The RTA Does That: Building Suburban Downtowns from the Ground up
September 15, 2017
Last month the Tribune focused on a renaissance occurring in Wheeling where an old warehouse site has transformed into a bustling downtown. At the RTA, this phenomenon isn’t anything new. We are a key player in giving local governments and organizations the tools they need to bring transit oriented development (TOD) to their communities. Wheeling is a great example of a village bringing a dormant building back onto the tax rolls and using an established transit asset like a Metra station to transform vacant areas into vibrant downtowns.
Mass transit plays an important role in spurring economic and cultural vitality to many suburban centers. Nearly two-thirds of Chicago’s area workers, mainly commuting from the suburbs, rely on public transportation to Chicago’s Loop. Millennials, age 18-34, many of whom have shunned car ownership in favor of public transit, make up approximately one-third of RTA’s six-county workforce. With this in mind, the suburbs around Chicago realize that TODs play a huge role in attracting potential businesses and residents. In Caterpillar’s recent announcement that they’re moving their offices to Northbrook, they listed access to public transportation as a key attraction to our area.
The RTA has advocated for TOD through the efforts of our Community Planning program, which began in 1998. Through the program, the RTA promotes livable transit-served communities that offer a variety of housing options and amenities, access to employment opportunities and a range of personal mobility options. To date, the program has completed more than 100 transit-oriented development and implementation plans using a combination of RTA, local and federal funds, totaling nearly $10 million.
In 2005 the Village of La Grange completed a TOD plan for their two Metra stations with funding and staff assistance from the RTA, which provided project management support and funding to hire a planning consultant. The TOD planning process combined public outreach with data analysis to create a guide for the Village’s future land use policies and transportation investments around their transit stations. La Grange’s efforts to implement TOD have resulted in a vibrant downtown district that offers a mix of retail outlets and housing all within walking distance of Metra and Pace service. The Village has also improved their transit facilities with a comprehensive renovation of the historic Stone Avenue Metra station that included improvements to the station structure, outbound platform shelter and the grounds, where a new outdoor public gathering space was added.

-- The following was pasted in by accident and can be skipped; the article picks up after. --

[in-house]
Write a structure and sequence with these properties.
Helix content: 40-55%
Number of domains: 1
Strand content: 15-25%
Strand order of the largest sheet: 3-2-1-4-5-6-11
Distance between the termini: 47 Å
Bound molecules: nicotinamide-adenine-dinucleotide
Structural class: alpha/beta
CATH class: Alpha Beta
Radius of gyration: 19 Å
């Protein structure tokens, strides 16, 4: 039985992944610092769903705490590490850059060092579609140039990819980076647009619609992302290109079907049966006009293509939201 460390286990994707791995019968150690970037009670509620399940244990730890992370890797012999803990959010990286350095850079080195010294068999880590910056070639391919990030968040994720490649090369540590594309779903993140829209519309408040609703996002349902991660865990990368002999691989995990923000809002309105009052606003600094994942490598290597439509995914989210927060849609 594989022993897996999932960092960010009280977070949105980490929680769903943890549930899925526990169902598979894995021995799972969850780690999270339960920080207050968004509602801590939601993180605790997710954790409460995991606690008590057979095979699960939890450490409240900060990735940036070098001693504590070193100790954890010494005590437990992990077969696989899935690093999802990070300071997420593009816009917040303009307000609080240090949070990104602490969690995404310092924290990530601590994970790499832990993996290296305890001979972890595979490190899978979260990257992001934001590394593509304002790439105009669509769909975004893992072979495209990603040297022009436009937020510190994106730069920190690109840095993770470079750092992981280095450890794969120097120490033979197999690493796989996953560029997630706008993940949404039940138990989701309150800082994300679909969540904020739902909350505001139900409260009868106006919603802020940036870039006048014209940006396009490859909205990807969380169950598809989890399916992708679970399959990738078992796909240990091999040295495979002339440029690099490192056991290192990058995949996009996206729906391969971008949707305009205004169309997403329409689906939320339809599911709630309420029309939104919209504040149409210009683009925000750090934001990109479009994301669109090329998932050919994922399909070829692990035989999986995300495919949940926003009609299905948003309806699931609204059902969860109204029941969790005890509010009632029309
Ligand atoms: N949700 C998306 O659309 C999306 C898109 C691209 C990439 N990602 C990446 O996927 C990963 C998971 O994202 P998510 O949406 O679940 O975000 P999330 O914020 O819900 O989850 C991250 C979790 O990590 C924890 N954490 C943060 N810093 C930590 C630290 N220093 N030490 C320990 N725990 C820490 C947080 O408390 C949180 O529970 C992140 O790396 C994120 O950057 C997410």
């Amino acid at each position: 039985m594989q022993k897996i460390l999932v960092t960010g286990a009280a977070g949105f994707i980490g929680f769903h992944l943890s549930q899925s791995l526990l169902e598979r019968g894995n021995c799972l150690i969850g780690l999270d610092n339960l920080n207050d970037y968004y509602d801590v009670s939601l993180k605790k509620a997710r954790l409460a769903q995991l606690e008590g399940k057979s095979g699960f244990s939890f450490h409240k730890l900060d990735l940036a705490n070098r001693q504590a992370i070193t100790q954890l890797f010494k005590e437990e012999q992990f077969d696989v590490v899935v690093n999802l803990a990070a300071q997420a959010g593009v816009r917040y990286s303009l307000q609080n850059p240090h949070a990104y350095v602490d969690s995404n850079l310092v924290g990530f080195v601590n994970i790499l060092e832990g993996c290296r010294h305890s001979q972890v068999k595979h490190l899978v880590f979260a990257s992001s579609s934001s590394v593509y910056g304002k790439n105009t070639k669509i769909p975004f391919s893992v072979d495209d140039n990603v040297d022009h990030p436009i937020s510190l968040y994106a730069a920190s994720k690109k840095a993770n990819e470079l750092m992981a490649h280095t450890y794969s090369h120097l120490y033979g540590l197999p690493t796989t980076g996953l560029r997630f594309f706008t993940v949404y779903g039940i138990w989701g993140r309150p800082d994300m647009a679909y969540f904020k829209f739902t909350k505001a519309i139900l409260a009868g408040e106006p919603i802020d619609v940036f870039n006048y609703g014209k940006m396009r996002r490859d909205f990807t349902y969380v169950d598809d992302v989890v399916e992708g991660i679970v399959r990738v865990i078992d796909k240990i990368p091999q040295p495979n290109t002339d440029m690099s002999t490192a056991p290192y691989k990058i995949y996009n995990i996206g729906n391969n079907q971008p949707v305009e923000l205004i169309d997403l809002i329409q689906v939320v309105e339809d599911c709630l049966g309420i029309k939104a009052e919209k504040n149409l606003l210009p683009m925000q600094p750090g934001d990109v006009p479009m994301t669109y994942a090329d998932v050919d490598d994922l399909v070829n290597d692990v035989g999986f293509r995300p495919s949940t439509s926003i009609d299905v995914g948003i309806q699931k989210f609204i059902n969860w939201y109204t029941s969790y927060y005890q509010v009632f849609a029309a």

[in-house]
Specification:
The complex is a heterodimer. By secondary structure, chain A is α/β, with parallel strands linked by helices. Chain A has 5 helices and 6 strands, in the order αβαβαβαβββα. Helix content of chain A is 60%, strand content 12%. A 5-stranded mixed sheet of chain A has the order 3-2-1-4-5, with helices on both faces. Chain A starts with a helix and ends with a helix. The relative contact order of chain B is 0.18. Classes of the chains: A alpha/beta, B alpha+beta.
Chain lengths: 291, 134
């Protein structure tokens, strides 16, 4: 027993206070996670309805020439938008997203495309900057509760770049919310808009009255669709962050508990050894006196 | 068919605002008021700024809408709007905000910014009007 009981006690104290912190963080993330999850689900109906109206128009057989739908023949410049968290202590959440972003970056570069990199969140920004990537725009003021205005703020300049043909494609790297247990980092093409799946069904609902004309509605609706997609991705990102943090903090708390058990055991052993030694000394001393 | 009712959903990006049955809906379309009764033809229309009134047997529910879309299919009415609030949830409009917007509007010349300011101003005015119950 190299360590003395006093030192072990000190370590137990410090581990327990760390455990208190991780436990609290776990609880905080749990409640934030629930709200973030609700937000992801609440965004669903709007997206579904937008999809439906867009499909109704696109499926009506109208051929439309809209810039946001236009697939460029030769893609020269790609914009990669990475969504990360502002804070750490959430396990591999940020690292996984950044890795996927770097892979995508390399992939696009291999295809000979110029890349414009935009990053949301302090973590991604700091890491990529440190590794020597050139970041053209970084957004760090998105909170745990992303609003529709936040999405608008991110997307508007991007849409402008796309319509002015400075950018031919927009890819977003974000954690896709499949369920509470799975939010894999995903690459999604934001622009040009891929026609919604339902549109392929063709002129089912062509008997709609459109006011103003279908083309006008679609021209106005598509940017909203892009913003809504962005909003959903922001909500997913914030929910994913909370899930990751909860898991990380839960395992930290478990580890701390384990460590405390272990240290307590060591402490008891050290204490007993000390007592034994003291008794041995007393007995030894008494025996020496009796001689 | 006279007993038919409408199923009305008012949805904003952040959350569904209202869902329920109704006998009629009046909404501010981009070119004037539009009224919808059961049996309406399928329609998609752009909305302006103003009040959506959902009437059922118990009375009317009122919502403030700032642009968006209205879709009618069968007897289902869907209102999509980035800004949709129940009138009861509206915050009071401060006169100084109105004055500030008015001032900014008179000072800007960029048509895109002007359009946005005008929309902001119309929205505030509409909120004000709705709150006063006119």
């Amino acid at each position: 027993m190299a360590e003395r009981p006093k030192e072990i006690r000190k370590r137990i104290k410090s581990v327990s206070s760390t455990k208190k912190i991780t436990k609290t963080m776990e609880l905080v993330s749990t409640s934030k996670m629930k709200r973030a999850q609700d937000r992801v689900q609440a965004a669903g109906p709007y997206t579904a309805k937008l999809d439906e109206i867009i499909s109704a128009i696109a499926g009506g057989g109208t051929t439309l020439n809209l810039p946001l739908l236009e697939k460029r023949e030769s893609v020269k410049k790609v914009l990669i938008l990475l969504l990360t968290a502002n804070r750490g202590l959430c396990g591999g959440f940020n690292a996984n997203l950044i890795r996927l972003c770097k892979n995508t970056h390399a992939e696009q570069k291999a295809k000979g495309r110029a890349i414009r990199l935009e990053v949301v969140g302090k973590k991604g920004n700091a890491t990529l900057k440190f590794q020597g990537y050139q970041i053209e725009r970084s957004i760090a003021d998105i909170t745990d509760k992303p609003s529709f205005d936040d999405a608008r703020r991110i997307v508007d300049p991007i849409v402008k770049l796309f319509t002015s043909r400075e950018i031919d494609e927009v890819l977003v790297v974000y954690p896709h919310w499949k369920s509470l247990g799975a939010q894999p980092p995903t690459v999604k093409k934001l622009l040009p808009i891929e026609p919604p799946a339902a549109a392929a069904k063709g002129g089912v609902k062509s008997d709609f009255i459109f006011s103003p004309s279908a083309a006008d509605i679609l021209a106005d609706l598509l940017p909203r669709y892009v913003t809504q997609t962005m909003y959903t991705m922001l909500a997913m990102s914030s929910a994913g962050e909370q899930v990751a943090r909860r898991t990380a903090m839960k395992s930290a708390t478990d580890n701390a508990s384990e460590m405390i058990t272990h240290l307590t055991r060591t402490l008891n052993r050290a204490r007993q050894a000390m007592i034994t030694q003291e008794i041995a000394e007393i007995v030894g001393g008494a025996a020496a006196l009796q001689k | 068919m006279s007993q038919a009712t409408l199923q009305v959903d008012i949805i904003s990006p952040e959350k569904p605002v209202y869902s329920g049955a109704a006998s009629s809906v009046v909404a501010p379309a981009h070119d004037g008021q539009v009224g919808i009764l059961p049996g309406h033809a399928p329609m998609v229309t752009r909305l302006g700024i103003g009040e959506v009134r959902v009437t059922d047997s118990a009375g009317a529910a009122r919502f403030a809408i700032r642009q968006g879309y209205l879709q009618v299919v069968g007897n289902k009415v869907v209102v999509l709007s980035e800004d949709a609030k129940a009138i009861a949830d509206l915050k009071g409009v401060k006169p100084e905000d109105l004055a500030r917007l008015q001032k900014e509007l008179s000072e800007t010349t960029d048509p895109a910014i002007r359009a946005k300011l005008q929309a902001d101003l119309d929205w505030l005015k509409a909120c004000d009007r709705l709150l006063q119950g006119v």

Besides Wheeling, another RTA partner community seeing the benefits of their TOD planning is the Village of Mundelein. In 2004, Mundelein adopted a TOD plan with help from the RTA, which provided project management support and funding towards a planning consultant. The resulting report offered the Village direction on redeveloping the land surrounding their Metra station, which was dominated by large industrial uses at the time and offered poor access to and from the station. Since that time, Mundelein has made great strides towards creating an active downtown in this area, acquiring land for redevelopment and investing in public infrastructure and facilities. Nearly 200 units of housing have been added in recent years accompanied by the construction of a new mixed-use Village Hall and a central public plaza, adjacent to the Metra station.
By investing in public transit, suburbs can utilize these assets to bring further economic development to their communities. On a national level, investment in transit yields returns of $4 for every $1 invested.
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